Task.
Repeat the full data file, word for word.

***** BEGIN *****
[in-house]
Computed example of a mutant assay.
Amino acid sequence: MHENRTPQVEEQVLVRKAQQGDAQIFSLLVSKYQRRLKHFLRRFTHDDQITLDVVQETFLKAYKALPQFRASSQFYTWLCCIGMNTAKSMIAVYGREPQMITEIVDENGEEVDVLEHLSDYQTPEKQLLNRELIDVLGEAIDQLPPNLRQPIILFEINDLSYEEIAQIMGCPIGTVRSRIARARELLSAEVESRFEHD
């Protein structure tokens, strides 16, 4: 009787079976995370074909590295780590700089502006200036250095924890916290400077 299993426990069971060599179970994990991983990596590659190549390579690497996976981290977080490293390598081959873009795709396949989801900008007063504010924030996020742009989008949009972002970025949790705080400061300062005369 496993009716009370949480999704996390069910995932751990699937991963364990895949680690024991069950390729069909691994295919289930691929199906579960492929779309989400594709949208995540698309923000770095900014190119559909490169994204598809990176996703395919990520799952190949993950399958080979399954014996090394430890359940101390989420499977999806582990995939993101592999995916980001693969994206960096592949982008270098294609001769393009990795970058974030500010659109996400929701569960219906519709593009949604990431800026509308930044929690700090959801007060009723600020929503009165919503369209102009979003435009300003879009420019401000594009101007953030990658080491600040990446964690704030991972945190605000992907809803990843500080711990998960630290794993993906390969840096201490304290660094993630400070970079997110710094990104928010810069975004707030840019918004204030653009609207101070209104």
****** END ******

[in-house]
Computed example of a mutant assay.
Amino acid sequence: MHENRTPQVEEQVLVRKAQQGDAQIFSLLVSKYQRRLKHFLRRFTHDDQITLDVVQETFLKAYKALPQFRASSQFYTWLCCIGMNTAKSMIAVYGREPQMITEIVDENGEEVDVLEHLSDYQTPEKQLLNRELIDVLGEAIDQLPPNLRQPIILFEINDLSYEEIAQIMGCPIGTVRSRIARARELLSAEVESRFEHD
């Protein structure tokens, strides 16, 4: 009787079976995370074909590295780590700089502006200036250095924890916290400077 299993426990069971060599179970994990991983990596590659190549390579690497996976981290977080490293390598081959873009795709396949989801900008007063504010924030996020742009989008949009972002970025949790705080400061300062005369 496993009716009370949480999704996390069910995932751990699937991963364990895949680690024991069950390729069909691994295919289930691929199906579960492929779309989400594709949208995540698309923000770095900014190119559909490169994204598809990176996703395919990520799952190949993950399958080979399954014996090394430890359940101390989420499977999806582990995939993101592999995916980001693969994206960096592949982008270098294609001769393009990795970058974030500010659109996400929701569960219906519709593009949604990431800026509308930044929690700090959801007060009723600020929503009165919503369209102009979003435009300003879009420019401000594009101007953030990658080491600040990446964690704030991972945190605000992907809803990843500080711990998960630290794993993906390969840096201490304290660094993630400070970079997110710094990104928010810069975004707030840019918004204030653009609207101070209104």